“Forbidden Fruit, A Woman’s Worth: The Fear of Rejection”

My earliest childhood memories include walks with my Dad.  On any given day we would travel to the grocery store, corner market, or our favorite Chinese restaurant across the street.  My view of the world from 2ft tall included the sun beaming in my eyes, an ice cream cone in one hand and my Dad’s palm in the other.  I remember asking Daddy why the sun and the moon were in the sky at the same time but there were no stars.  I recall seeing my first eclipse and thinking the way things were would be the way they’d always be.  One particular day, we happened upon an acquaintance of my Dad’s, he never mixed his family with associates so it was kind of odd. I stood slightly behind him while they spoke and I remember the strange man looking down at me and saying, “wow, man your daughter is so pretty,” I scoffed and my Dad replied, “don’t speak to or look at my daughter, I don’t play about my family”.

The exchange above may have seemed harsh but let me add a little context. My parents taught me a few things by the time I was seven: never talk to strangers, your real compliments come from home, and never get too comfortable around men. No males outside of my Father, were not allowed to pick me up. I never sat in ANY man’s lap (including my Father). I only gave and received kisses on the cheeks from my Dad, and the list of in home etiquette goes on.  It wasn’t until much later that I learned that most little girls weren’t taught the same behaviors by their Fathers. Because of my upbringing, having a strange man compliment me seemed offensive. The narrative in my head was, “how dare he compliment me, only my Daddy can do that”. My parents definitely raised a little Princess that didn’t rely on the compliments of others to determine her self worth or standards of beauty.

My mind is my greatest treasure! I keep it protected by ensuring that the strongest opinion of who I am comes from my own voice. It’s only right that a woman’s worth should be determined by that particular woman. Consider this, if I altered my personality and/or appearance based on the views expressed by another, eventually I wouldn’t even recognize myself.  I’d be a human collage, stuck in the past of what pleased the last guy, wondering why the current guy isn’t satisfied.  What quality of life would I have? I made it a point to do a mental cleanse after ending a relationship. My parents did an excellent job of preparing me to be in relationships with other people while staying true to my upbringing.  Many of their lessons could be considered offensive to others but those lessons protected my heart and mind.  One of those lessons was, “don’t allow a man to ruin your body.”  Women are susceptible to a large variety of reproductive illnesses and which decrease by leaps and bounds by practicing celibacy, abstinence and by waiting for marriage (provided the betrothed is faithful, has had bloodwork done prior to marriage and hasn’t had multiple partners).  My Mother is an AVID 20/20, local news, World News, 60 Minutes and The View watcher.  Basically, she felt the need to mentally prepare us for every scenario possible.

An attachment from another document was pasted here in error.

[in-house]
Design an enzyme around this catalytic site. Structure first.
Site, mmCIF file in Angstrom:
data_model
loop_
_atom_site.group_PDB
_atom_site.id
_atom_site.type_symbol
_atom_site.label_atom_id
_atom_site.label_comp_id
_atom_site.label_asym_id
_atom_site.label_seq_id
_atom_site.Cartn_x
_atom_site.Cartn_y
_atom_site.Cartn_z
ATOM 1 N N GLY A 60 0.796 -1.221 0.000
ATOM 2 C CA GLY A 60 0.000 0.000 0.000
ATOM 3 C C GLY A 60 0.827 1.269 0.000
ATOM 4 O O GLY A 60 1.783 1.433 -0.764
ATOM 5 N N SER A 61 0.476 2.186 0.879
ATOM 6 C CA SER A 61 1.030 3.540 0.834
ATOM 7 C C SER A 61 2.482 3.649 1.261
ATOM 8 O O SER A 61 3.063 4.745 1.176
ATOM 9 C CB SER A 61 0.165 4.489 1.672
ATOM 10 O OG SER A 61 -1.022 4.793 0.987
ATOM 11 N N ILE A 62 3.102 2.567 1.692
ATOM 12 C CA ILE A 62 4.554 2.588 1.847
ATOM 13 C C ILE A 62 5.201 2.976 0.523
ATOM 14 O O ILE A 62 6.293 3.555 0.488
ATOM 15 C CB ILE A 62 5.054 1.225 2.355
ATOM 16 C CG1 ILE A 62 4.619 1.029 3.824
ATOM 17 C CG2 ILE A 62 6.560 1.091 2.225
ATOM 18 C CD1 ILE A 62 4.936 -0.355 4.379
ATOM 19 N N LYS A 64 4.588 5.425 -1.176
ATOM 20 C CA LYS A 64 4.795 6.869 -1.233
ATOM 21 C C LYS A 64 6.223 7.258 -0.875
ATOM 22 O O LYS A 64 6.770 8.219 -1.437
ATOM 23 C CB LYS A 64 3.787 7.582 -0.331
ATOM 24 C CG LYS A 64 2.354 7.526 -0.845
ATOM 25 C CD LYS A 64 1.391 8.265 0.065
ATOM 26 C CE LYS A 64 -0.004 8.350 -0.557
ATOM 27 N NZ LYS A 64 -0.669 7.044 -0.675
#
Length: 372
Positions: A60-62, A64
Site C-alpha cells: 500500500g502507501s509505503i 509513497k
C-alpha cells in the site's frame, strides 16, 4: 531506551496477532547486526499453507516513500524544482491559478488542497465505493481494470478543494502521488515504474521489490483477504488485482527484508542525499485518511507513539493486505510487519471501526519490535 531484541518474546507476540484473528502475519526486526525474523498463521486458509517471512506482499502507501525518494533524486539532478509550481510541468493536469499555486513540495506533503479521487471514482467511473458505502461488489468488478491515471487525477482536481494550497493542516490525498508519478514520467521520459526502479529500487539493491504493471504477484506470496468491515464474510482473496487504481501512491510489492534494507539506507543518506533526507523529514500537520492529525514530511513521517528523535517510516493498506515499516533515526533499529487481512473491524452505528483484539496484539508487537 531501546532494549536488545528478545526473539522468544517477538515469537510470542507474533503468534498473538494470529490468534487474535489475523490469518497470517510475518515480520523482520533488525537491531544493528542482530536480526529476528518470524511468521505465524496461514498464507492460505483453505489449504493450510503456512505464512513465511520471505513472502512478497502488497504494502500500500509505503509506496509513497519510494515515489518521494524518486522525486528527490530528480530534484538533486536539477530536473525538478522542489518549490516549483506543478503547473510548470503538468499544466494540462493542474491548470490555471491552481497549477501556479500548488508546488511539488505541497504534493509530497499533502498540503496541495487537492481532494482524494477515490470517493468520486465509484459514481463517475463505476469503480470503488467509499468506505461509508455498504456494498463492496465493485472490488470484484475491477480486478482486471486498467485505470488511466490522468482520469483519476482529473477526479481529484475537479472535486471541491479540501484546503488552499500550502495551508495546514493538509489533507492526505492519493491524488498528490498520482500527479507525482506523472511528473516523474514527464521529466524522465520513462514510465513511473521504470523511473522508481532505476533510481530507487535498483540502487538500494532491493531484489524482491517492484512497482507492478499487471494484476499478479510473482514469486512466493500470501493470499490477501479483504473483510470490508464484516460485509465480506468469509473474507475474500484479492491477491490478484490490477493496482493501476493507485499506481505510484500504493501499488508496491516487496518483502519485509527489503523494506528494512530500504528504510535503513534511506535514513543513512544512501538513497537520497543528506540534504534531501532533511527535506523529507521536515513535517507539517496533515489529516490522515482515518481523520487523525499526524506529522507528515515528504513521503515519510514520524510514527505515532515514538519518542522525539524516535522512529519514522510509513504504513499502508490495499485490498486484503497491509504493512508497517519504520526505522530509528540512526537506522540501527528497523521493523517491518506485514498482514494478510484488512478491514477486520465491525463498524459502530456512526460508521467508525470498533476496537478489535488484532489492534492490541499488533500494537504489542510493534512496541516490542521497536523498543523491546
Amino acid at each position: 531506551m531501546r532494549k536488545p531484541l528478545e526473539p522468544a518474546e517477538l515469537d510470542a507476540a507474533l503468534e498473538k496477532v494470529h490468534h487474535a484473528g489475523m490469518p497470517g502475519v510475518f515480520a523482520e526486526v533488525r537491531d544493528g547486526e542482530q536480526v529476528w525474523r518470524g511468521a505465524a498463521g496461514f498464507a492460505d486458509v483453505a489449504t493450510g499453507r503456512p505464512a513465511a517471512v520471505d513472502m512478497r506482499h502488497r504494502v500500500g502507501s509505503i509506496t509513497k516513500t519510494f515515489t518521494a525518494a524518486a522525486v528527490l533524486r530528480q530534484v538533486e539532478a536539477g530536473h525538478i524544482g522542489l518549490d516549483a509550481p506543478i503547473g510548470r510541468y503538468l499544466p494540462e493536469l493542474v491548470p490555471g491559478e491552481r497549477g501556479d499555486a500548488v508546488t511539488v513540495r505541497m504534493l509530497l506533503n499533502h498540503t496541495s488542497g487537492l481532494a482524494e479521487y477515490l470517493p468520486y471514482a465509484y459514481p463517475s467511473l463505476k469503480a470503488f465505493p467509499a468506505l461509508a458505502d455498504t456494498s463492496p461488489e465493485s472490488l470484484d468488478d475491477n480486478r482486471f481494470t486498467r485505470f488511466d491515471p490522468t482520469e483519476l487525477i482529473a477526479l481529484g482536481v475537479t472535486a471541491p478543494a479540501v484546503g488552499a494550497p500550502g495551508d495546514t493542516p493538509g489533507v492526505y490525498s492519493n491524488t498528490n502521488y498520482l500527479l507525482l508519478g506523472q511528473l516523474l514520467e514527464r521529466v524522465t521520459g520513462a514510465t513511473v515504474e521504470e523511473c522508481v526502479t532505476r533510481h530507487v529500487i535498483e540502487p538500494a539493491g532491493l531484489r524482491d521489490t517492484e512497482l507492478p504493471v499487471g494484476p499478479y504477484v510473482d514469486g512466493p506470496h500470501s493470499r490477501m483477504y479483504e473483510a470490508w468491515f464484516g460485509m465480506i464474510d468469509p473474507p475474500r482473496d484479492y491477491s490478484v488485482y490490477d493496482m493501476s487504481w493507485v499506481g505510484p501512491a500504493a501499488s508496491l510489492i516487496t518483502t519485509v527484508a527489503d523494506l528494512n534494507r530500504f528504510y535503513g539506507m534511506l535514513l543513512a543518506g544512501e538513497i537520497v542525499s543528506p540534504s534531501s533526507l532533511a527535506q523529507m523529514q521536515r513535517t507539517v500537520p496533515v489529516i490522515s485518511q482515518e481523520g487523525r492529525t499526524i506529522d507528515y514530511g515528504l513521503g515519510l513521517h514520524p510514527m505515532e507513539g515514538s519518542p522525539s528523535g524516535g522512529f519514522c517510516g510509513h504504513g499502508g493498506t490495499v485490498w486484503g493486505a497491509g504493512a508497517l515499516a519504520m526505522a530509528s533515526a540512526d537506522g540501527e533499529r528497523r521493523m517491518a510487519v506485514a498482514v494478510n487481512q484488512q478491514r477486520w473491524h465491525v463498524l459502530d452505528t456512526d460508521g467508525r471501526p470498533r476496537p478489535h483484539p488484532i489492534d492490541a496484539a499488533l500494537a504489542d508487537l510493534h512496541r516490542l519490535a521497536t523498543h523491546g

Women are the most vulnerable prey in today’s society. Those of us who live to see adulthood must pass down our survival skills to the next generation to give them a fighting chance at a healthy life. As an adult, I appreciate my Mother’s reputation among my peers and the lessons both my parents drilled into me about life. The sad reality is, most girls were unprotected and uninformed, in other words, they had more “freedom”.  The lessons I was raised with became lessons many of them would learn the hard way later in life.  I have a tender heart for the plight of women.  There have been so many moments when I’ve cried, in secret, over their pain.  The physical, mental and emotional abuse of women typically begins in conversations where they’re not even present. I heard what males have said about them in private, I had to correct many of them. Men tend to respond better to respect than love. For example, a woman who doesn’t morph at her mate’s every whim and carries herself with discretion typically evokes respect. When you’re a “guy’s girl” like I was, you get an inside look at this twisted logic. This lesson of observation served me well but was very controversial in female environments. Myself and women like me are the forbidden fruit of the foolish.

Most guys I encountered were drawn in by my personality first, I tried to push them away but I underestimated how much men enjoyed a challenge. A majority of the women I know use the attention (or lack of) they receive from men like a scale to determine their value to mankind. I see attention from men as a scale that measures just how little they value me as a human being. The ONLY attention I desire is from the man I’m with because I know the first thing he was attracted to wasn’t physical but mental. If all women considered themselves “forbidden fruit”, I wonder how that would change the male perspective.  If we increased our value, would men then consider us as an investment rather than a tradeable commodity?

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